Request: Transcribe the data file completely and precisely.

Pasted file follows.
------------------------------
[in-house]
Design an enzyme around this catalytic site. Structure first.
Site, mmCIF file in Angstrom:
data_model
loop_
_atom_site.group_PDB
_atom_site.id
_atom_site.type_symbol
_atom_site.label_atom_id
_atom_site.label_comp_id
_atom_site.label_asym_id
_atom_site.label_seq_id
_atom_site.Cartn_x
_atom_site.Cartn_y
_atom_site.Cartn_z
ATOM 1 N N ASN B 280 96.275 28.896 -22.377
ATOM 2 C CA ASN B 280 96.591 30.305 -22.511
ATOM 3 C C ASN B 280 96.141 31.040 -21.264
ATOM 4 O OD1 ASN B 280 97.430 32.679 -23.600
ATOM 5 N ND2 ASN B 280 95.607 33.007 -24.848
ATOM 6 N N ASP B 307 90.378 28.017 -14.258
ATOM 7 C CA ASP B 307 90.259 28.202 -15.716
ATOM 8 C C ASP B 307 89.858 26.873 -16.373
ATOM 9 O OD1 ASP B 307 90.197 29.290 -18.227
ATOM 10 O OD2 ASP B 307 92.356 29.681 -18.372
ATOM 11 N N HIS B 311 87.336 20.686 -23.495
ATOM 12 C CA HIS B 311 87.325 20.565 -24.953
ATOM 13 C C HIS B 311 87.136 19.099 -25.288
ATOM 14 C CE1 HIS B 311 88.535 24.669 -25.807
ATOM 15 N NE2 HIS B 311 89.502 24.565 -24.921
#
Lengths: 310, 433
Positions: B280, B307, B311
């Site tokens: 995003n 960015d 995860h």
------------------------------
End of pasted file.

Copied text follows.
[in-house]
Design an enzyme around this catalytic site. Structure first.
Site, mmCIF file in Angstrom:
data_model
loop_
_atom_site.group_PDB
_atom_site.id
_atom_site.type_symbol
_atom_site.label_atom_id
_atom_site.label_comp_id
_atom_site.label_asym_id
_atom_site.label_seq_id
_atom_site.Cartn_x
_atom_site.Cartn_y
_atom_site.Cartn_z
ATOM 1 N N ASN B 280 96.275 28.896 -22.377
ATOM 2 C CA ASN B 280 96.591 30.305 -22.511
ATOM 3 C C ASN B 280 96.141 31.040 -21.264
ATOM 4 O OD1 ASN B 280 97.430 32.679 -23.600
ATOM 5 N ND2 ASN B 280 95.607 33.007 -24.848
ATOM 6 N N ASP B 307 90.378 28.017 -14.258
ATOM 7 C CA ASP B 307 90.259 28.202 -15.716
ATOM 8 C C ASP B 307 89.858 26.873 -16.373
ATOM 9 O OD1 ASP B 307 90.197 29.290 -18.227
ATOM 10 O OD2 ASP B 307 92.356 29.681 -18.372
ATOM 11 N N HIS B 311 87.336 20.686 -23.495
ATOM 12 C CA HIS B 311 87.325 20.565 -24.953
ATOM 13 C C HIS B 311 87.136 19.099 -25.288
ATOM 14 C CE1 HIS B 311 88.535 24.669 -25.807
ATOM 15 N NE2 HIS B 311 89.502 24.565 -24.921
#
Lengths: 310, 433
Positions: B280, B307, B311
């Site tokens: 995003n 960015d 995860h």